I did the annual Junior League of Richmond's Book & Author Dinner last night. Not to brag, but I was pretty much the least famous author there. (Cokie Roberts! Lesley Stahl! Former Governor Doug Wilder! Floyd Cardoz! Kathleen Grissom!) During the cocktail party before the dinner, two women approached shyly. "Oh, do you want to meet Floyd?" I asked.
No, they said. We want to meet you. Are you an author?
Yes, I said. But why do you want to meet me if you've never heard of me? How did you know I was an author?
Well, said the older of the two women, you just look like an author. (We'll come back to this.)
The women, Alice and Karen, were mother and daughter, both hospice nurses and avid readers. They had never attended anything like the Book & Author. They had never attended a single author event. But they read about it in the newspaper and decided it was something they wanted to try. Alice told me that books had been her means of escape during a sometimes difficult childhood. Karen, the oldest of Alice's eight children, said that money had been scarce, "but if you have a book, you can go anywhere."
I loved them. After the event, I was so happy to see them in the signing line, so honored that they bought my book.
Earlier that day, one of the women from the Junior League asked which I preferred, a bookstore setting with, say, forty people, or an event such as the Book & Author dinner, where I spoke in front of 900. I said I love both, but they're different. In bookstores, I tend to meet with people who have already read my work. At events such as this, I have a chance, if I'm lucky, to win some new ones.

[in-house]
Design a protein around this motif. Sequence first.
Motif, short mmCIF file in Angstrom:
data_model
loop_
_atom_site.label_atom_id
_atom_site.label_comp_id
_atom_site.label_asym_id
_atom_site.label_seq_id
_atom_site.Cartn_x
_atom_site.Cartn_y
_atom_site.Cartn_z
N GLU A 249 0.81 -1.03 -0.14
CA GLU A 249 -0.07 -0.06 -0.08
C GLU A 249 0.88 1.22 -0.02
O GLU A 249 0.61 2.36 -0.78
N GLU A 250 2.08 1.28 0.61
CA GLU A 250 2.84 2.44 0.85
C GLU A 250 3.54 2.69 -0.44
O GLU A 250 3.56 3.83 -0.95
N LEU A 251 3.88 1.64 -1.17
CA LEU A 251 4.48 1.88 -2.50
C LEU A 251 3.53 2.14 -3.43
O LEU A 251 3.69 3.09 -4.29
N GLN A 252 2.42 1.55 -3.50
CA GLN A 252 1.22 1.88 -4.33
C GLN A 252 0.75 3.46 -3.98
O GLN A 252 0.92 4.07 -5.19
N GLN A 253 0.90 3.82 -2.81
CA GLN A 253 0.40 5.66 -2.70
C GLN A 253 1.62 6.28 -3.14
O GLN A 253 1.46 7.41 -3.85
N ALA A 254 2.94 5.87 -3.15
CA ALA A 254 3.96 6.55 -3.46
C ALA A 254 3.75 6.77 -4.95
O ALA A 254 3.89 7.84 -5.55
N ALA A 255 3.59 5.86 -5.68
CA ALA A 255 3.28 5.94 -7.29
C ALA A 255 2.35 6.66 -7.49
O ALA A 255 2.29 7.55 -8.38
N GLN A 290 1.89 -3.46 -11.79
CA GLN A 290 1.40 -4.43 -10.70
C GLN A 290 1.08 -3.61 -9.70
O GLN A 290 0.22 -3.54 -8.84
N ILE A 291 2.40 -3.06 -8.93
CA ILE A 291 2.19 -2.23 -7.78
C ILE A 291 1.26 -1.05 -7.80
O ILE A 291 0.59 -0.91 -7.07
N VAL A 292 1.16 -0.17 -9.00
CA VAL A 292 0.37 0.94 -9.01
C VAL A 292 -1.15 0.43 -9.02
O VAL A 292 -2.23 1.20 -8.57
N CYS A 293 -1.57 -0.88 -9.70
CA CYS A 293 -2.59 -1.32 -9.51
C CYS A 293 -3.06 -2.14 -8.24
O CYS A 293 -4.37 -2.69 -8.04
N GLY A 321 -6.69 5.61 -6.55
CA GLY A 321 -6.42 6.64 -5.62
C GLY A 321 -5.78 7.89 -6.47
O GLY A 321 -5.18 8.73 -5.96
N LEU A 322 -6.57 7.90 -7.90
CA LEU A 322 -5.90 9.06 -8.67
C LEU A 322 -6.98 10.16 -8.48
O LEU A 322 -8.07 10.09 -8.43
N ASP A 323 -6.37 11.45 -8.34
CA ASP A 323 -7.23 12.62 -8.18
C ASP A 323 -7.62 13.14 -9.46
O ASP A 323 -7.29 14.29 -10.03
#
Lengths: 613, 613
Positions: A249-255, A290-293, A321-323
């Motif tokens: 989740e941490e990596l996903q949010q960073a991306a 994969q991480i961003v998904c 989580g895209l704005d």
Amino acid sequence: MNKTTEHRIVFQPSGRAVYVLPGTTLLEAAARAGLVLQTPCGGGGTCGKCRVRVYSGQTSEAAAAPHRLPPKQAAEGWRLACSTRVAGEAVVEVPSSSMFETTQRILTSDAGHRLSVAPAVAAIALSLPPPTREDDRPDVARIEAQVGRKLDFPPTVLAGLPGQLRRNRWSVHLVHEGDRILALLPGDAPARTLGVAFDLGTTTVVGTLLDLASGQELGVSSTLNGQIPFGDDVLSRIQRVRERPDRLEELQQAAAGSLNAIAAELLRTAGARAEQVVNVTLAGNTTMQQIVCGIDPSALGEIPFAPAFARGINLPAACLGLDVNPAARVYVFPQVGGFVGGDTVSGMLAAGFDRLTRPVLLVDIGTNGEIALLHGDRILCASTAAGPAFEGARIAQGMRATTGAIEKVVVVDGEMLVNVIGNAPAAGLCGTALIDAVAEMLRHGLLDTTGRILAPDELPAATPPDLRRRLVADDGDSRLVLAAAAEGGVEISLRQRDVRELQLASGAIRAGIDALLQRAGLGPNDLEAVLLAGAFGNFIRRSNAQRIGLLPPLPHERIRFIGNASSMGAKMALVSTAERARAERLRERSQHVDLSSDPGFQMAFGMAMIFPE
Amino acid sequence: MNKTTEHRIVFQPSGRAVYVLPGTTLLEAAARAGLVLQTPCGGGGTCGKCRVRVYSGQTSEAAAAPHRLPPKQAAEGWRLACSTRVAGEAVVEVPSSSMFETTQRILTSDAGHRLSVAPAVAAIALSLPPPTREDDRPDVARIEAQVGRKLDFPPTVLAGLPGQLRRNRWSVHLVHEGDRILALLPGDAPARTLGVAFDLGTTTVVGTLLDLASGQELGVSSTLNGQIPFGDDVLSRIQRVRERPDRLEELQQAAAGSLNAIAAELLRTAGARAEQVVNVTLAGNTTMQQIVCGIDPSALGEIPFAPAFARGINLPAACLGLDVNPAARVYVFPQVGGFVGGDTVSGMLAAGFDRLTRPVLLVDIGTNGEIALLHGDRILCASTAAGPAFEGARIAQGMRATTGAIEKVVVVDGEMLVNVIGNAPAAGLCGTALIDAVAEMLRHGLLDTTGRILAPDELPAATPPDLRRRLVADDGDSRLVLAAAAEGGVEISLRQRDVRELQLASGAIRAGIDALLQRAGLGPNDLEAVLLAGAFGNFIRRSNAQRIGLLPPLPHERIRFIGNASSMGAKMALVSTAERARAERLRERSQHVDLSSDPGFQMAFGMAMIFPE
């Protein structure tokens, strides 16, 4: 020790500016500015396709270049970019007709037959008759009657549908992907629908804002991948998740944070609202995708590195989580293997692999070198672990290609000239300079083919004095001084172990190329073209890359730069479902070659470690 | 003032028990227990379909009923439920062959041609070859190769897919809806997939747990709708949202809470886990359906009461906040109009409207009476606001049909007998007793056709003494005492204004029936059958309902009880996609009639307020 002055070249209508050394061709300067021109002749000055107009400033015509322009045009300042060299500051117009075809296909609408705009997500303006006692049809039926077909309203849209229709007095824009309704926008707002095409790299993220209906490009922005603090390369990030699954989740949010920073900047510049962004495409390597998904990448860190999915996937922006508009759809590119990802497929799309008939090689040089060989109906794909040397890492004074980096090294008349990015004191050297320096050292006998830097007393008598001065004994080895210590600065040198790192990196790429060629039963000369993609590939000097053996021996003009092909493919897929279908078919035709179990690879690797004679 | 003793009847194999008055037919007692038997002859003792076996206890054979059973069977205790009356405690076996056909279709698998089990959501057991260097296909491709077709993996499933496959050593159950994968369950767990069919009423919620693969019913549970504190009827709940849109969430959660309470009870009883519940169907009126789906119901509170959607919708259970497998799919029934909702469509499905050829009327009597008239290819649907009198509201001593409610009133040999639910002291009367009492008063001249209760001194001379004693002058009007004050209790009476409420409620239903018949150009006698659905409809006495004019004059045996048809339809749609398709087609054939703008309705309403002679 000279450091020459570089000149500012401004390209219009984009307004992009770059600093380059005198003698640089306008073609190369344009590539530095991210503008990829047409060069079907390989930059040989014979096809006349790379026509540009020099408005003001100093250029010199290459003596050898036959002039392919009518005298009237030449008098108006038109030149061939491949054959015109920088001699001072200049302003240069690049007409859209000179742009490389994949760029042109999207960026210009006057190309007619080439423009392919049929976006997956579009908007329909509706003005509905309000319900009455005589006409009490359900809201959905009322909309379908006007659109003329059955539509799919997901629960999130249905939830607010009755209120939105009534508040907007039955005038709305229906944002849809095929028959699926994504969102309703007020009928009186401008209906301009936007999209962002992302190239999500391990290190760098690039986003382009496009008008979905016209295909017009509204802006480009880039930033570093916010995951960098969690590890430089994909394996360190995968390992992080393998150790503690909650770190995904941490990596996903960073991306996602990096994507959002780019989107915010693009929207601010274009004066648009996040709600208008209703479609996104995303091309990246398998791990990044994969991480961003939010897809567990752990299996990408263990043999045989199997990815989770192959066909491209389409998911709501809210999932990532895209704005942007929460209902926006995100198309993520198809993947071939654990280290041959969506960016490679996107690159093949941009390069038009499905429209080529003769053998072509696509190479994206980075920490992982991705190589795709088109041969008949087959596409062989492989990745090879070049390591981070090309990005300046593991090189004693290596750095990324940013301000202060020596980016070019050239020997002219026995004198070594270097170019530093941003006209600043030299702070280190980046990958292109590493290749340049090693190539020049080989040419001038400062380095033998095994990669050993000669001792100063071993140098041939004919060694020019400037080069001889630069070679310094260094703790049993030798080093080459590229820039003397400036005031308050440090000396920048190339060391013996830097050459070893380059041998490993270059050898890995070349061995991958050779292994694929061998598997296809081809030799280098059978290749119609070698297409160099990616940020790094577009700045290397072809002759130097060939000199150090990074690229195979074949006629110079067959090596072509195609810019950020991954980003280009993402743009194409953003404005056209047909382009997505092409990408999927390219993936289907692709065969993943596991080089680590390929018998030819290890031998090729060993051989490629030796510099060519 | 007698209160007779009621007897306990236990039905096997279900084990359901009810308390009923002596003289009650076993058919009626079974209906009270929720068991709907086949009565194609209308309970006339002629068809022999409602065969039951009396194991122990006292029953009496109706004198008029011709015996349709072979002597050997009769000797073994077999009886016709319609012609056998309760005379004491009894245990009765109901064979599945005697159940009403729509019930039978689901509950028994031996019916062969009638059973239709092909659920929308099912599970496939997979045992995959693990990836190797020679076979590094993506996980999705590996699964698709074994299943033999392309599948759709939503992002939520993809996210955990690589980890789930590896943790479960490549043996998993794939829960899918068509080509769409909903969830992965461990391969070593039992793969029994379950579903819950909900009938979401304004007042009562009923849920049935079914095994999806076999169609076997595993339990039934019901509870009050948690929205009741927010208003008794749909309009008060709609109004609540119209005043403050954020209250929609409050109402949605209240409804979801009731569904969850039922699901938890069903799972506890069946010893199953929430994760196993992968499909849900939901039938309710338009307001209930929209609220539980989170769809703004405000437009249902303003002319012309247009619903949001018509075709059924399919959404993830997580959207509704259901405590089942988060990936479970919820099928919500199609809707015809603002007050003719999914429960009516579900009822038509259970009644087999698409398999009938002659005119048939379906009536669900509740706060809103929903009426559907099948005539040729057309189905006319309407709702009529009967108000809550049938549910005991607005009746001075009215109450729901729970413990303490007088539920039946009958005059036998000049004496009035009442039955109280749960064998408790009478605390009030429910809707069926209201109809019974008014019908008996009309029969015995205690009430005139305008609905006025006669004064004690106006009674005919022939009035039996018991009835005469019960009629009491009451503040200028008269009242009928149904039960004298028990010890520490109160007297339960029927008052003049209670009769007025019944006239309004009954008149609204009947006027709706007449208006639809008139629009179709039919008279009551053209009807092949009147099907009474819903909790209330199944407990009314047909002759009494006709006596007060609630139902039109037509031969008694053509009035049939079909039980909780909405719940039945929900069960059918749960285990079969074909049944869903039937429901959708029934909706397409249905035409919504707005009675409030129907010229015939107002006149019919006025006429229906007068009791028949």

Inevitably, someone will say: "I have a confession to make. I have never read you." I always assure them that this is not, in fact, a misdemeanor or even a venial sin. It is the reason I go on tour. I admit, social as I am, if everyone knew who I was, I'd just stay home. I miss my family when I'm on the road.
I promised some women in Richmond that I would recommend some writers I like. I'll try to do that later this week. Meanwhile about that "looking like an author" thing: Lauren Rothman, a stylist, redid my closet recently and gave me some good advice: "You've been dressing like someone who goes to a book event, which is nice enough. You need to start dressing as if you were the focal point of the event." According to Alice, I nailed it!